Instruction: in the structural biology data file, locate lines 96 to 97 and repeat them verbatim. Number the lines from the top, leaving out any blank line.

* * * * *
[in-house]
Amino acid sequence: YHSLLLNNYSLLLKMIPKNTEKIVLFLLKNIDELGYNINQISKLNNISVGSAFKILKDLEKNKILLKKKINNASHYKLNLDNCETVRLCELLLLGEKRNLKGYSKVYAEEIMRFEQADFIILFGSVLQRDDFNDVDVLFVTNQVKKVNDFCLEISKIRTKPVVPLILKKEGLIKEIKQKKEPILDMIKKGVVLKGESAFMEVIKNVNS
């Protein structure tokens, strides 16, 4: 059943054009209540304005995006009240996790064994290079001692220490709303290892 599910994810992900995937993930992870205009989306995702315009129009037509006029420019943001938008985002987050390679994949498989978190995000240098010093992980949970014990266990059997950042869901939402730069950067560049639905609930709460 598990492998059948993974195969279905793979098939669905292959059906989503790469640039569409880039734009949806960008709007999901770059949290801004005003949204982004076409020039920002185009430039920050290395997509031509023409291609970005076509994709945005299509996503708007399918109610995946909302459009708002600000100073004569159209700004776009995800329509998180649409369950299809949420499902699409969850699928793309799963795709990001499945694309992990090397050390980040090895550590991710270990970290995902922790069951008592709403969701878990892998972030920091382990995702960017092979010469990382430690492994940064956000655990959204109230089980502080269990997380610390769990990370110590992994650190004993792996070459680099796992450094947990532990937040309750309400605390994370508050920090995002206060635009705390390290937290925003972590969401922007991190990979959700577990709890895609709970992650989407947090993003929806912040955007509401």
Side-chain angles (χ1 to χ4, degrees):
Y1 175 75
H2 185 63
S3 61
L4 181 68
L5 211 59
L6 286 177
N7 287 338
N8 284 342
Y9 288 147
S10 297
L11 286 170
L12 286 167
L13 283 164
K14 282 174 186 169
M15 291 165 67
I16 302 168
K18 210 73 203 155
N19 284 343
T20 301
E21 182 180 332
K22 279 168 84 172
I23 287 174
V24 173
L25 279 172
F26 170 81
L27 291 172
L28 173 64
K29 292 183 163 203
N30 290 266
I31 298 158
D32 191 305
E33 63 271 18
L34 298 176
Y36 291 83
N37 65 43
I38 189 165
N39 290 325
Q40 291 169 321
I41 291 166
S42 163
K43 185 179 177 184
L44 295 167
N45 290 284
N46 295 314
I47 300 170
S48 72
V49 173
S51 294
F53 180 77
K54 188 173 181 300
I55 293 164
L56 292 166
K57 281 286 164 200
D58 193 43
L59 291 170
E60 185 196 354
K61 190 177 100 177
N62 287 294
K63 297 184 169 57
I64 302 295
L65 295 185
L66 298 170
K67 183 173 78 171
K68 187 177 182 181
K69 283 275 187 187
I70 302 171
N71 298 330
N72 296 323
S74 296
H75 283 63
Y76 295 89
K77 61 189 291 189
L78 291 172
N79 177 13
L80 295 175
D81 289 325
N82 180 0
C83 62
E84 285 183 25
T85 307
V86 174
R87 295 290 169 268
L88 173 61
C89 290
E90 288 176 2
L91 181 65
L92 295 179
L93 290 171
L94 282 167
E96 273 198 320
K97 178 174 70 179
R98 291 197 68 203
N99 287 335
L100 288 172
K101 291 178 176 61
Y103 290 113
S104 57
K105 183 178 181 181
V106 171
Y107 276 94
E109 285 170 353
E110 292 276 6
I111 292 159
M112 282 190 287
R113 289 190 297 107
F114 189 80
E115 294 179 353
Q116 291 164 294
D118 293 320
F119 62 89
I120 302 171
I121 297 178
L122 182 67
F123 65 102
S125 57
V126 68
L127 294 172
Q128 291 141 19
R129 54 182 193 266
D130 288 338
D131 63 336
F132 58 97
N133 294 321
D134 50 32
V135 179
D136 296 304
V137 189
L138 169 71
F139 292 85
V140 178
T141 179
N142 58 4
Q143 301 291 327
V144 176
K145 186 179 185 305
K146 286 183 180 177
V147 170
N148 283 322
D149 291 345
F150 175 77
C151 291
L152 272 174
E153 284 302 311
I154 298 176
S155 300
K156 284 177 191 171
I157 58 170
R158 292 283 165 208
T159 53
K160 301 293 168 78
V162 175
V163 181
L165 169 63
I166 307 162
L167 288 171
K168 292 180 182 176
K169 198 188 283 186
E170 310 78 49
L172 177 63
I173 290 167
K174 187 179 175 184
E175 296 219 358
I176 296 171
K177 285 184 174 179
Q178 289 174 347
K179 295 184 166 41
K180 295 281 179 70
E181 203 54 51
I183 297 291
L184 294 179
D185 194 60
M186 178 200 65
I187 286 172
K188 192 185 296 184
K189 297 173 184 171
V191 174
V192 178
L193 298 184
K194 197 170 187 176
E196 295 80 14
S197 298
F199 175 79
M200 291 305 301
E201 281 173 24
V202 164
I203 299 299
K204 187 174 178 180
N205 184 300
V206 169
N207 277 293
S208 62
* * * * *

R98 291 197 68 203
N99 287 335